Thursday, December 17, 2015

On Polish Christmas in the Notre Dame Cathedral,and Ladies, and Cherries, and Music Boxes

The Cathedral floats up 
above  my leopard prints and faux fur
its stones polished by time 

There was a surprise waiting for me at the Notre Dame Cathedral in Paris this November. After I waited in a long line in the rain, with colorful umbrellas and a watchful eye of fatigue-clad soldiers with machine guns, the clock struck one: (read about it in the previous post, Thanksgiving in Paris).

Then, inside the stone monument defying the passage of time, I saw the stained glass windows, the breathtaking heights of the main nave.  I walked around and listened to the music, swirling beneath blues and reds of the stained-glass windows: I heard the Kyrie Eleison, Christ Have Mercy, Lord Have Mercy:

Finally, a  medieval Alleluia filled the air.... I walked around the back of the main nave, from one stained-glass window chapel to the next.

Why "stained"-glass?
There are no stains on the rubies and cobalts
of Notre Dame air

Is the twirling ribbon
of stone embroidered with more finesse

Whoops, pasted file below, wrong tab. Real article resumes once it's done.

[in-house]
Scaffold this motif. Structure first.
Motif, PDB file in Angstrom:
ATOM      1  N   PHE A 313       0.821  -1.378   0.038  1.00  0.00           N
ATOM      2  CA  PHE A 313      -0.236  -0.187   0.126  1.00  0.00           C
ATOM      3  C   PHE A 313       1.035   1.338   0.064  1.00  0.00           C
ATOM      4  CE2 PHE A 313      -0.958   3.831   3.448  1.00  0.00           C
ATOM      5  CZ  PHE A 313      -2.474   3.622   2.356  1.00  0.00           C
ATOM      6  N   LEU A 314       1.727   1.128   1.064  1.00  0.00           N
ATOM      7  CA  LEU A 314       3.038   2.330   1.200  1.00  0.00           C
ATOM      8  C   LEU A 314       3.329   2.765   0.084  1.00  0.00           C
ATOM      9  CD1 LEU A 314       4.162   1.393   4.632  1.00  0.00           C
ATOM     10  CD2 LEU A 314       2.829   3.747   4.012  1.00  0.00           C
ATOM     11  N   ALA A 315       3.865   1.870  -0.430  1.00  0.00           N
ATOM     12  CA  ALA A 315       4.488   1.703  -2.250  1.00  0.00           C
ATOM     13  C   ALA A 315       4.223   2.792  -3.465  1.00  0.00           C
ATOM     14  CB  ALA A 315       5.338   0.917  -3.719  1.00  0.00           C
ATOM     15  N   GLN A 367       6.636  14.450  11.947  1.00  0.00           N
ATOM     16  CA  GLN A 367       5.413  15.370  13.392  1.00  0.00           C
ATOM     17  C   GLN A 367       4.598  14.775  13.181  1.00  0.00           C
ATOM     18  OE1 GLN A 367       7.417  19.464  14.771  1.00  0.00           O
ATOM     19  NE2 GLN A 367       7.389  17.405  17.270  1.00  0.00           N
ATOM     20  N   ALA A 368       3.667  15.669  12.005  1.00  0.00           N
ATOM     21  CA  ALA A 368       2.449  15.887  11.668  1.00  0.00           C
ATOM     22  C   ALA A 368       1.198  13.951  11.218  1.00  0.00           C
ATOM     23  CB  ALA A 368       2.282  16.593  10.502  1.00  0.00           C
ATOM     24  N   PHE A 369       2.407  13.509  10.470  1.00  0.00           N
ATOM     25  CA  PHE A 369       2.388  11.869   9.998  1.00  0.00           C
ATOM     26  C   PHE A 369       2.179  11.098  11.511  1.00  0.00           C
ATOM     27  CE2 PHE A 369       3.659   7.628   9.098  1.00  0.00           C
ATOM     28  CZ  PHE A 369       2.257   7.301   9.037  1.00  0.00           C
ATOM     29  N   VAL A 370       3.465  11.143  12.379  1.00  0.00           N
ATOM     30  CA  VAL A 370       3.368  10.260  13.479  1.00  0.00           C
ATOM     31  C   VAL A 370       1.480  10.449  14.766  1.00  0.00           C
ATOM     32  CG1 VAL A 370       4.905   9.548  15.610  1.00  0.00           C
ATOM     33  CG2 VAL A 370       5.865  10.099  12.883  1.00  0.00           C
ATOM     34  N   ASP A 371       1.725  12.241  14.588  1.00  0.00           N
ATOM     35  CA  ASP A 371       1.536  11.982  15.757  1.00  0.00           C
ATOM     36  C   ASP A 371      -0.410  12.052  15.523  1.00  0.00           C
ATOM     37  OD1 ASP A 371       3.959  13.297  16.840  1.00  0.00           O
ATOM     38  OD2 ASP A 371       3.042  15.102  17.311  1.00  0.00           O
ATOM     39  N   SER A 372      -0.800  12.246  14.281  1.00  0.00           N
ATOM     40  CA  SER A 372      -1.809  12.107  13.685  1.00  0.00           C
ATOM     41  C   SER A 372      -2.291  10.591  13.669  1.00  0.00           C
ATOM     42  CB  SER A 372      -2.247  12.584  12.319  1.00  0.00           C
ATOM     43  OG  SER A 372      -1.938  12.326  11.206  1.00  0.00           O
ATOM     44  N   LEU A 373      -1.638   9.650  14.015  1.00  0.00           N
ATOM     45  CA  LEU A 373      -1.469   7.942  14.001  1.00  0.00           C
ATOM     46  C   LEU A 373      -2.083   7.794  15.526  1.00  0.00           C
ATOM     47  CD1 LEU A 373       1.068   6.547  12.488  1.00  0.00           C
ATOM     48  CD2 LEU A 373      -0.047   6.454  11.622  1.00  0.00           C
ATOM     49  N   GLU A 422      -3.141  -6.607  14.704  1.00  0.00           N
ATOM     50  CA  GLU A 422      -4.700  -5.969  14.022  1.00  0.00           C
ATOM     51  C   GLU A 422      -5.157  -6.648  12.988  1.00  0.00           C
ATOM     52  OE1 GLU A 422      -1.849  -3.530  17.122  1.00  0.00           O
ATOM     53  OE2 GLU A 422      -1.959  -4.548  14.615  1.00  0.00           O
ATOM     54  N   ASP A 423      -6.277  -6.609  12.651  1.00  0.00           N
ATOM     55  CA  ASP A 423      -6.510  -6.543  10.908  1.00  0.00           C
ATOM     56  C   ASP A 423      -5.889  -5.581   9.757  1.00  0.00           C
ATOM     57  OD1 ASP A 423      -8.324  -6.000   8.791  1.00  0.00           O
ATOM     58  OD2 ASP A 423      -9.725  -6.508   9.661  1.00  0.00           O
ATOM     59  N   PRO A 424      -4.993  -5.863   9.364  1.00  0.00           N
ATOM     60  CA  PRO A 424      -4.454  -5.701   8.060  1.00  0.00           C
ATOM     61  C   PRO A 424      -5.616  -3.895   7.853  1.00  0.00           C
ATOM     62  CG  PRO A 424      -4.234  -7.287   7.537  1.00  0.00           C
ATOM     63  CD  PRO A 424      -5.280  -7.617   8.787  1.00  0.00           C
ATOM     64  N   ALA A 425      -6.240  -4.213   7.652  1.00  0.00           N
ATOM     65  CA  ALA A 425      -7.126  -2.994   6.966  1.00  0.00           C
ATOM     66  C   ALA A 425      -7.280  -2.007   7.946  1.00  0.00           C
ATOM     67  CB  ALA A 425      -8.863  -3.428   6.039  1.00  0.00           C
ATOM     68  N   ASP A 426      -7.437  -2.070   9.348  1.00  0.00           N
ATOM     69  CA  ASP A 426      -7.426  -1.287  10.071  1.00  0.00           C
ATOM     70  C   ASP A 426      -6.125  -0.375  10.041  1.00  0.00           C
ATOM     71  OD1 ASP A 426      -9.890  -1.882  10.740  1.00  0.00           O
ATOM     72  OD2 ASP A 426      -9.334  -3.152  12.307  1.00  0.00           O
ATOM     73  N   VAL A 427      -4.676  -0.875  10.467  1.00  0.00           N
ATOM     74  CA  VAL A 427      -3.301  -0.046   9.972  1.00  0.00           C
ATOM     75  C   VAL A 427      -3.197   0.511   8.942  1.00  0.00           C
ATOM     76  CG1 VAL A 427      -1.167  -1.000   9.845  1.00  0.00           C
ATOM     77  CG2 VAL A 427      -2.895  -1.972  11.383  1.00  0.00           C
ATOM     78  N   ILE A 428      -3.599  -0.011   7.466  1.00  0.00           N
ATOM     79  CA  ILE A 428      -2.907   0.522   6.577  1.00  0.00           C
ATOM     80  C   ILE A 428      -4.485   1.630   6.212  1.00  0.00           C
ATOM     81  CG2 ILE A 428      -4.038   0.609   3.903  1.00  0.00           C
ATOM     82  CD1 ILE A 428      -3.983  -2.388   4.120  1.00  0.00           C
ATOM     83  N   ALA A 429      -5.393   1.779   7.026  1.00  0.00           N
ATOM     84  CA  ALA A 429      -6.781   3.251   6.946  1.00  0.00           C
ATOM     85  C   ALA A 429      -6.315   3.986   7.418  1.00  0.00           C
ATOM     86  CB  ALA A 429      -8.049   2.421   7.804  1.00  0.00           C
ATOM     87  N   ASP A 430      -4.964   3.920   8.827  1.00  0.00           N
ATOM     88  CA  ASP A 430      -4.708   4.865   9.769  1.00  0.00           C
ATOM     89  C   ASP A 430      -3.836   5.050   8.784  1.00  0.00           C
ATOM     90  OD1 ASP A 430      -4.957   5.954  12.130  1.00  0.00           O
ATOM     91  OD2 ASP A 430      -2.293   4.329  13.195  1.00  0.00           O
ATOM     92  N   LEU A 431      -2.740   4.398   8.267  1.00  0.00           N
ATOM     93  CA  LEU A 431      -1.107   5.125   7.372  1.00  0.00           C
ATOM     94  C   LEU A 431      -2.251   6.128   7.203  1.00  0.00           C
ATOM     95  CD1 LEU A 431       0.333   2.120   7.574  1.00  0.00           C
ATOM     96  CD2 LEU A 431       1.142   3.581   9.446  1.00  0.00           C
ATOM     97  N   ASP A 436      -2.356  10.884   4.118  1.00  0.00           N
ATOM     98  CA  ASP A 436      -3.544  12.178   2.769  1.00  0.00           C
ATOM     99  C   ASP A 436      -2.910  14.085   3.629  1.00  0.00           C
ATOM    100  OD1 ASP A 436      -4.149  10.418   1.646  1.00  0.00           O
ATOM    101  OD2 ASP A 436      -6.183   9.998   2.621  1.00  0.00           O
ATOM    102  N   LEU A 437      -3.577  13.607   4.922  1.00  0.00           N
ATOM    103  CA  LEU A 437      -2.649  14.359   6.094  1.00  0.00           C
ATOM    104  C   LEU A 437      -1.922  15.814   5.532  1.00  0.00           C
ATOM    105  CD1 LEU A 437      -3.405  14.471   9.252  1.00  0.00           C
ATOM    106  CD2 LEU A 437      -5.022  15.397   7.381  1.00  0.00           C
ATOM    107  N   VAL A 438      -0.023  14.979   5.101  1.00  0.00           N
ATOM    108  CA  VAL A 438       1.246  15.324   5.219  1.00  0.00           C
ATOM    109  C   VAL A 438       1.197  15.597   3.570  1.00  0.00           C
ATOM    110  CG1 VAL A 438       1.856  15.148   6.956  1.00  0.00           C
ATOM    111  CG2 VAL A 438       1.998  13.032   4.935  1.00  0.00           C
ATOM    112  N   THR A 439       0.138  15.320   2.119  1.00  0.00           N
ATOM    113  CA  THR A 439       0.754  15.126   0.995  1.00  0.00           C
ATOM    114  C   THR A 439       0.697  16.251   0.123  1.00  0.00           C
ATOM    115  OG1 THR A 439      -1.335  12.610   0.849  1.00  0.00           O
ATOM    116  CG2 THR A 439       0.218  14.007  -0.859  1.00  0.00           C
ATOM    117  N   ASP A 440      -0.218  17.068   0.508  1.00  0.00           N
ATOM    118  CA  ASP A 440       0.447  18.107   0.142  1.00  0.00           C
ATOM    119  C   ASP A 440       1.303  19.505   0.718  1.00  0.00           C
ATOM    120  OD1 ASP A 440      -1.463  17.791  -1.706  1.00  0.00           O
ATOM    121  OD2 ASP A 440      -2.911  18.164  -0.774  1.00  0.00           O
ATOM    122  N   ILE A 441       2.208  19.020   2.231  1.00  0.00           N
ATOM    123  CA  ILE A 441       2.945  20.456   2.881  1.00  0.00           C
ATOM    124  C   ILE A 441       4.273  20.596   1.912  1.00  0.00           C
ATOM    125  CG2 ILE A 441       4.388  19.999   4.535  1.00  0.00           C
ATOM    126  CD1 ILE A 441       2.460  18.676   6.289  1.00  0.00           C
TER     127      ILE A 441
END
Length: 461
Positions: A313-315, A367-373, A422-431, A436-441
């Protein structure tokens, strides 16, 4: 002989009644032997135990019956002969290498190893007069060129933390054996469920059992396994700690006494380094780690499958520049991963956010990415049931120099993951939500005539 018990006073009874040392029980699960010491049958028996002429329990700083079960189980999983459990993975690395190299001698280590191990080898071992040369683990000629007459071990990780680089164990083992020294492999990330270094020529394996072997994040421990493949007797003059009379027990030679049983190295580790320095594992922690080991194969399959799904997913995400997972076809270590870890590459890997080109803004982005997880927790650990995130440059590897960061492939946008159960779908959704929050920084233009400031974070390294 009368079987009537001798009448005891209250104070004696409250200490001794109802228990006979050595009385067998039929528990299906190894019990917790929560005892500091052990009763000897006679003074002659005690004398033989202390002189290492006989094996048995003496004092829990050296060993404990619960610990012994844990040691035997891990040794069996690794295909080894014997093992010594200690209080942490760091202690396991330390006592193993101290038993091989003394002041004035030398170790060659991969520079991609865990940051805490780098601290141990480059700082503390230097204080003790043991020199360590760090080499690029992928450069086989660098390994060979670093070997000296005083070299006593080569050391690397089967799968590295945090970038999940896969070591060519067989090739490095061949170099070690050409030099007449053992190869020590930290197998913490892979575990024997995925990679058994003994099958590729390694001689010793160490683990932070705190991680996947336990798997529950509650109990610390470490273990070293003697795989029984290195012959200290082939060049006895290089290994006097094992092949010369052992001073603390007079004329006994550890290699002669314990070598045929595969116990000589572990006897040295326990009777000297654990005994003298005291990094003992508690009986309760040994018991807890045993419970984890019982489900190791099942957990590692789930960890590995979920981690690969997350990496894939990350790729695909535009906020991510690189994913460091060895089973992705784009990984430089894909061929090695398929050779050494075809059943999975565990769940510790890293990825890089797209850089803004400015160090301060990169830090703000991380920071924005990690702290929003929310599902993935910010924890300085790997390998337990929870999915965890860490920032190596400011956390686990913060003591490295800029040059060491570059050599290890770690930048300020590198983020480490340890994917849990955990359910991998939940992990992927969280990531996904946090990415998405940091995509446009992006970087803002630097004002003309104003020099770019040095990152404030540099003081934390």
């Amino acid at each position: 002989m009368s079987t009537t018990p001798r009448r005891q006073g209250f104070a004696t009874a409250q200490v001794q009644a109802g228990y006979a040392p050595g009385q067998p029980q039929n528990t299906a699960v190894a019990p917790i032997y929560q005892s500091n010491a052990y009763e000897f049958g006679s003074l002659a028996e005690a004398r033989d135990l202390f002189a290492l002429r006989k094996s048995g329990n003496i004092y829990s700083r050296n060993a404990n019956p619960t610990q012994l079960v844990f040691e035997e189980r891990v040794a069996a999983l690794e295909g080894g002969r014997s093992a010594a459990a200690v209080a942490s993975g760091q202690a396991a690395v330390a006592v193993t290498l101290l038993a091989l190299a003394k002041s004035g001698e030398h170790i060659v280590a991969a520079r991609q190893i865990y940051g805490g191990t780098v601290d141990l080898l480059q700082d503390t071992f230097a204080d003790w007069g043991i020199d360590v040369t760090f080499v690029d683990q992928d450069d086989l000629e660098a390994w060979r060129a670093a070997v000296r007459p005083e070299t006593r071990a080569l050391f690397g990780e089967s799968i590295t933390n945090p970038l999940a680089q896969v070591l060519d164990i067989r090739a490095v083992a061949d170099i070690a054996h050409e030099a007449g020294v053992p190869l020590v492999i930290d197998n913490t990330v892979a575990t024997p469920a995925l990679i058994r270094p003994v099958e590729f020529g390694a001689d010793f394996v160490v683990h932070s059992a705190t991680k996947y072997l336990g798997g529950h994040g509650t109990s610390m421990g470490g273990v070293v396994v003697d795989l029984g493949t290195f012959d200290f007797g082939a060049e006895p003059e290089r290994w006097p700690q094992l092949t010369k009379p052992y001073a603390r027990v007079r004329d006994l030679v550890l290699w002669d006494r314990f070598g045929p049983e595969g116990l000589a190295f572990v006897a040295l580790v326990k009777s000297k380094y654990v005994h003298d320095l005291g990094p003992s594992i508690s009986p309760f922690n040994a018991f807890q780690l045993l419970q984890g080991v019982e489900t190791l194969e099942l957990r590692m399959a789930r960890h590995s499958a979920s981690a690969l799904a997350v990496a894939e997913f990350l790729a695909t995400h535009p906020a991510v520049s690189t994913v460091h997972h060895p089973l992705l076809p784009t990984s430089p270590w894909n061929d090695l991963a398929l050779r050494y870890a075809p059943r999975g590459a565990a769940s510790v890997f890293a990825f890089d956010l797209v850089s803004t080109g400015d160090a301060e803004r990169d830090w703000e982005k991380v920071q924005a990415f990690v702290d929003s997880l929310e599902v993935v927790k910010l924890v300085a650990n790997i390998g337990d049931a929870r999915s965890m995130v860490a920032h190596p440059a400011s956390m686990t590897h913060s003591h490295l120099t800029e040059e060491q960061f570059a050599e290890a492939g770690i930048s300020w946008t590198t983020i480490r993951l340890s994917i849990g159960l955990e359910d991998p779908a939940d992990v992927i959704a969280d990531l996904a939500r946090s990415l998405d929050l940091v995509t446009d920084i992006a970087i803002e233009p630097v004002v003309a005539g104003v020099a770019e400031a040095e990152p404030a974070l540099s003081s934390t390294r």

than the lead-framed glass?

See more pictures on the Picasa Web Album:

And here it was, my delightful surprise. A tinfoil and paper monument of massive proportions: Szopka Krakowska, the Nativity Scene in a fantastic scenery of multi-towered Castle or Gothic Cathedral as envisioned by folk artists from Krakow, Poland.  The minuscule Nativity scene in the heart of the building, surrounded by Polish folk dancers, and characters from folk tales. Pan Twardowski on his rooster, flying to the moon... Angels, three Kings, everyone...

I find Poland in Paris
bright tinfoil towers of a Nativity Scene 
among the grey stones of Notre Dame

I was in Paris for a reason: to read a paper, research, talk... (my Szymanowska Conference Report is on the Chopin with Cherries Blog). At end of the 3rd International Symposium "Maria Szymanowska and Her TIes" was the closing salon, "An Invitation to the Dance," I read poetry by 19th century Polish poets, and verse of my own. I loved being accompanied by improvisations of extraordinary pianist, Edoardo Torbianelli, who has music spilling from under his fingers. I was going to say: from his sleeves, but he rolls them up tightly, so that nothing can spill.... Reading at the Salon "Invitation to the Dance" at the close of the Maria Szymanowska Conference in Paris, November 27, 2015. Edoardo Torbianelli improvises on Johann Alois Graff pianoforte from 1825 and I read my poem "A Study with Cherries" in Polish, from the Chopin with Cherries Anthology (2010).  Recorded by Alicja Bialek-Guillemette.

Here are the words, in English and Polish:

"A Study with Cherries"

          After Etude in C Major, Op. 10, No. 1 and the cherry orchard
                of my grandparents, Stanisław and Marianna Wajszczuk

I want a cherry,
a rich, sweet cherry
to sprinkle its dark notes